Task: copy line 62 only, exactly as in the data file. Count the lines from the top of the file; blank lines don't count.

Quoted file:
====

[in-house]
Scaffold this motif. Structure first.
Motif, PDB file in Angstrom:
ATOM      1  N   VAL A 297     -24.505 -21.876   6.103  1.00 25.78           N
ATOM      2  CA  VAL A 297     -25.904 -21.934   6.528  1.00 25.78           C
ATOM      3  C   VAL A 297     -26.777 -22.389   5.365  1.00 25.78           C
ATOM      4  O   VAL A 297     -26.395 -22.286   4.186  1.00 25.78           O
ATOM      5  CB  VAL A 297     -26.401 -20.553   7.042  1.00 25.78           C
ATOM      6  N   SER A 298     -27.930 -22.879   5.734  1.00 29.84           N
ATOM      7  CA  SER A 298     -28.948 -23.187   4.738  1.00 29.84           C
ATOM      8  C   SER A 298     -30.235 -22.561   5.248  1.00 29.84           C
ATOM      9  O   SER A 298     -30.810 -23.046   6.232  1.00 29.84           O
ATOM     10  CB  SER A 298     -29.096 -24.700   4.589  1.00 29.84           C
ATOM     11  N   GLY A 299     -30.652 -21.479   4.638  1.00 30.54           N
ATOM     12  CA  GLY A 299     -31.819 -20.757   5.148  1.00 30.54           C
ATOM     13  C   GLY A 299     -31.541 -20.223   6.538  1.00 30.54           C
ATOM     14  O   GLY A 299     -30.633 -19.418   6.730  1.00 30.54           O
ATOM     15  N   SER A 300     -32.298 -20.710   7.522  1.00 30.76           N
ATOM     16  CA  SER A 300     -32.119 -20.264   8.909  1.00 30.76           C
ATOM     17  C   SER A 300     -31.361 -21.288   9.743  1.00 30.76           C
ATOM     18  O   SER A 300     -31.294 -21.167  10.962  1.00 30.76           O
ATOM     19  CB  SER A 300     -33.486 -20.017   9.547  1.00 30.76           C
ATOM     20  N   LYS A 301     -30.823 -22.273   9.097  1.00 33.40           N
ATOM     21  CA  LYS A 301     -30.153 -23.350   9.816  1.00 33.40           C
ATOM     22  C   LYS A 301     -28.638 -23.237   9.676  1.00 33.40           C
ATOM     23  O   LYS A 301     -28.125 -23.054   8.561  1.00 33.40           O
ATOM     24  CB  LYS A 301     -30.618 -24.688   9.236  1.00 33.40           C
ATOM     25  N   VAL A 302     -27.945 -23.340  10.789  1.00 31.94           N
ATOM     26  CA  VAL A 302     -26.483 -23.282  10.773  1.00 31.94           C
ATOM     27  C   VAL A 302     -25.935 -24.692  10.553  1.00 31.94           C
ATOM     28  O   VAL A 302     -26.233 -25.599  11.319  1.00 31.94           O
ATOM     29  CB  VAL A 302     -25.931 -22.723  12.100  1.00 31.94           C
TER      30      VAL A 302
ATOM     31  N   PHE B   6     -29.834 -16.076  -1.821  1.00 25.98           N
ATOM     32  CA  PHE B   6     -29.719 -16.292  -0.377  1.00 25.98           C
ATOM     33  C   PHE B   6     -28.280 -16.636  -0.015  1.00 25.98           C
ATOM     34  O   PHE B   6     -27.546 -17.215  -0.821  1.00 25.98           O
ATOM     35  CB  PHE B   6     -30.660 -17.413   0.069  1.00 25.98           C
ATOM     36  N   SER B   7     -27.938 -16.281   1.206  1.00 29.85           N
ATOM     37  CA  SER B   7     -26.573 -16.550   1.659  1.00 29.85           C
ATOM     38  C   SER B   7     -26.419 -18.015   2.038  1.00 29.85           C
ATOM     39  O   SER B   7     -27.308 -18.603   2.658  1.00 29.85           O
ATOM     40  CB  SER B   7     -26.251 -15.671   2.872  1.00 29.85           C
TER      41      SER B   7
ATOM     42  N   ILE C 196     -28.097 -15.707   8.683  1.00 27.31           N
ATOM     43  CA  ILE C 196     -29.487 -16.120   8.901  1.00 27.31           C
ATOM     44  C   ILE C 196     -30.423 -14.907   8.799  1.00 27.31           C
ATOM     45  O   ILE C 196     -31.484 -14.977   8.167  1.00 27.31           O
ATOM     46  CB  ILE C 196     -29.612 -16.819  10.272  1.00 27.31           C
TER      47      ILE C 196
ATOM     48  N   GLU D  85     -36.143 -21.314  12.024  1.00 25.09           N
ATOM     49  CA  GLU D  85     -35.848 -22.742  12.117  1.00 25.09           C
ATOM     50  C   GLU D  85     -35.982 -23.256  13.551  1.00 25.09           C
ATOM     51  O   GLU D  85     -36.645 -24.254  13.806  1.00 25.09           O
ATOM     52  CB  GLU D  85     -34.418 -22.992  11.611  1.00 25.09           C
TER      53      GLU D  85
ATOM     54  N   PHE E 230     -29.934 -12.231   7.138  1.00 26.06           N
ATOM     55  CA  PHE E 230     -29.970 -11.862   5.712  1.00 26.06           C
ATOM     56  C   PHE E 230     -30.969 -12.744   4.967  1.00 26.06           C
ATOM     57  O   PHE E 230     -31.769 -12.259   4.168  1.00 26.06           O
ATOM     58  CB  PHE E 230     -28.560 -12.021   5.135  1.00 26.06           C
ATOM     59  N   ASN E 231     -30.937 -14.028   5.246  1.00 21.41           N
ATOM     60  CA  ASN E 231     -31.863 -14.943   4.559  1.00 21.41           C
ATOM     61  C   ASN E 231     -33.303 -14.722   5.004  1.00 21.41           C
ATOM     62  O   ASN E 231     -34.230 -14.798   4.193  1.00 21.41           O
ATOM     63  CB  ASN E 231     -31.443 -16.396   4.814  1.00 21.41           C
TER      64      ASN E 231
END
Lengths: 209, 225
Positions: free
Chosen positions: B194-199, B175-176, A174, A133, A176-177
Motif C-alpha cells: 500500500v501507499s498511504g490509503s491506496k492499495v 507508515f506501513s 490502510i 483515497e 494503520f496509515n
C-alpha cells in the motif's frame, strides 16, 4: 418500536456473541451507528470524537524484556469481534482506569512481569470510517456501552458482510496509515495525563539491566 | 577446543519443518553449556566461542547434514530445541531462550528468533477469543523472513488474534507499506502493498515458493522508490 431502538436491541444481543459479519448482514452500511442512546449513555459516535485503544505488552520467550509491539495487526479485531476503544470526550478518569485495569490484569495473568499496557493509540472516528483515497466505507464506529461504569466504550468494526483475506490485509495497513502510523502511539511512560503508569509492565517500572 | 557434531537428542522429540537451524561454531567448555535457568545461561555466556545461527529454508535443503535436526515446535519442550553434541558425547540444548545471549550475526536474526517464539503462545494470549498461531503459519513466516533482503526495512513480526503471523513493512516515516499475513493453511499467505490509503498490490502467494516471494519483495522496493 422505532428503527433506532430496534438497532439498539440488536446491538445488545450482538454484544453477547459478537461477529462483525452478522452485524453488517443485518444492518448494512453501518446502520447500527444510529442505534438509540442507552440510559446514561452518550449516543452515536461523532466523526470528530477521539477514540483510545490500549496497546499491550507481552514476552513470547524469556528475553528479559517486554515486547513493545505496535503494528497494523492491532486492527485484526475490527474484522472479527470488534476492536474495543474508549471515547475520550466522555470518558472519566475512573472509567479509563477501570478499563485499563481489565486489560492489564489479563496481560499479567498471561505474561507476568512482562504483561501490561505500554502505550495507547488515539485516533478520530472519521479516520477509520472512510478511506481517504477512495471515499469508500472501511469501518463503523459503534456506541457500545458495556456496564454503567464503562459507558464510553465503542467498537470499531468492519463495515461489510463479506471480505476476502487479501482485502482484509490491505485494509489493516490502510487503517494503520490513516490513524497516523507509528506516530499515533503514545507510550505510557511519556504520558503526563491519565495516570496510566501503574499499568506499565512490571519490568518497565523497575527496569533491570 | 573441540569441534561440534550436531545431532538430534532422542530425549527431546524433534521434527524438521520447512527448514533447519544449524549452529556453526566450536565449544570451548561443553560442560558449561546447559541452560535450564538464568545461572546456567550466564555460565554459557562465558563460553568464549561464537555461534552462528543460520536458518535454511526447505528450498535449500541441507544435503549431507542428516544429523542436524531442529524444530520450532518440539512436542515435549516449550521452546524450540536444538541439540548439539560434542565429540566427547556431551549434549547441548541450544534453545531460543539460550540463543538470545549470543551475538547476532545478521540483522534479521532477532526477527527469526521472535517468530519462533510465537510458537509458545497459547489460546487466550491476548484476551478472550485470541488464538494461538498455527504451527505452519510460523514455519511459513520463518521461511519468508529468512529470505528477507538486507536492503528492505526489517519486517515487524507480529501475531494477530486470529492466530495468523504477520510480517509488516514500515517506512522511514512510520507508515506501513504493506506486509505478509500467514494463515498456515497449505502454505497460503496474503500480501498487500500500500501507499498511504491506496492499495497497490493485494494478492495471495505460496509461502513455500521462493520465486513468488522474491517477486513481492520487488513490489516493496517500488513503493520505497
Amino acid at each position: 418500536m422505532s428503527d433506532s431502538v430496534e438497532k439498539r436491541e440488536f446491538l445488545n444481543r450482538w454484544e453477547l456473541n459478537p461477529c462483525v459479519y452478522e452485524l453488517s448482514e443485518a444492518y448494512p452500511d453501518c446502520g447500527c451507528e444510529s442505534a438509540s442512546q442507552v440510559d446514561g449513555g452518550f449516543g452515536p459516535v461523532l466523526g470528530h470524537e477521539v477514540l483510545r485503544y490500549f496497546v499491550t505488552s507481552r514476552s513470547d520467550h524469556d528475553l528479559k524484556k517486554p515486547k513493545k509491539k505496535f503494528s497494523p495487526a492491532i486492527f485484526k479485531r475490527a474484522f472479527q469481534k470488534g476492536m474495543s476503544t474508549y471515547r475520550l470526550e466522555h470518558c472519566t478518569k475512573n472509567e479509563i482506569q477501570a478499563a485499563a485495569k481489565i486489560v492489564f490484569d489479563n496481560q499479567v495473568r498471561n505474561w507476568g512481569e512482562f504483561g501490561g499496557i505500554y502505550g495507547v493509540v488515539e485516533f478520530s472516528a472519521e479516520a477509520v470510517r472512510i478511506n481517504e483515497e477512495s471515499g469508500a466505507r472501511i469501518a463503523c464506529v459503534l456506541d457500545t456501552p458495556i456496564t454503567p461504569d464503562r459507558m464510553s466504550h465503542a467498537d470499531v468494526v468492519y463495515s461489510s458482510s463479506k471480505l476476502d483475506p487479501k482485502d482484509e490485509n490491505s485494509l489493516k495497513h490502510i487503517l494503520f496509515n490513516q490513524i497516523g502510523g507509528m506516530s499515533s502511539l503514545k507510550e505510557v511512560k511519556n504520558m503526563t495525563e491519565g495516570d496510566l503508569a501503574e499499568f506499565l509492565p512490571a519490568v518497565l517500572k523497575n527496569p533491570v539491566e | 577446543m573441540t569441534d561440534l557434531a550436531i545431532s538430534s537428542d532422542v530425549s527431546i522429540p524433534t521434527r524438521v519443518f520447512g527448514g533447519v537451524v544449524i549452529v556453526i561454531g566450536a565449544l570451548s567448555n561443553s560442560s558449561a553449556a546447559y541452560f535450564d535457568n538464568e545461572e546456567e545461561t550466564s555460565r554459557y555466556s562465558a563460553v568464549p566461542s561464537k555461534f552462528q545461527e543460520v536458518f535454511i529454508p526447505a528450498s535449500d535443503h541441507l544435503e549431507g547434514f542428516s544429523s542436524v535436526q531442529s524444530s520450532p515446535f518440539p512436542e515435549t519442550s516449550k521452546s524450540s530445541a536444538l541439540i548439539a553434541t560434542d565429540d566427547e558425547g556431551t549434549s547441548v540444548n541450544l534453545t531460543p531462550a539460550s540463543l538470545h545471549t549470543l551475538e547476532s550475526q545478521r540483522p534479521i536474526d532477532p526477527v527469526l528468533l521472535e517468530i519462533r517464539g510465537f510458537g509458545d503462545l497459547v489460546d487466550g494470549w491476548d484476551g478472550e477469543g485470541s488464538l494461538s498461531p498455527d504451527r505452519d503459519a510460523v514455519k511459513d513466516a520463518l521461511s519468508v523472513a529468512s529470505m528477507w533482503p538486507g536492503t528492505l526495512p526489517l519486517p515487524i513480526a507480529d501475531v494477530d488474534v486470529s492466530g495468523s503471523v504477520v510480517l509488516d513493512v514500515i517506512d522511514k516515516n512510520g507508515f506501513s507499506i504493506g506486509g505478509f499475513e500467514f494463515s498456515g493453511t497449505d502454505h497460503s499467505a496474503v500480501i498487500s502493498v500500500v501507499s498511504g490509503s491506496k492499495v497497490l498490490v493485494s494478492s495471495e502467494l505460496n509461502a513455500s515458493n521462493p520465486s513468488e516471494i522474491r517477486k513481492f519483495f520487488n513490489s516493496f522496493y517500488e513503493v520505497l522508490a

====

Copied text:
ATOM     59  N   ASN E 231     -30.937 -14.028   5.246  1.00 21.41           N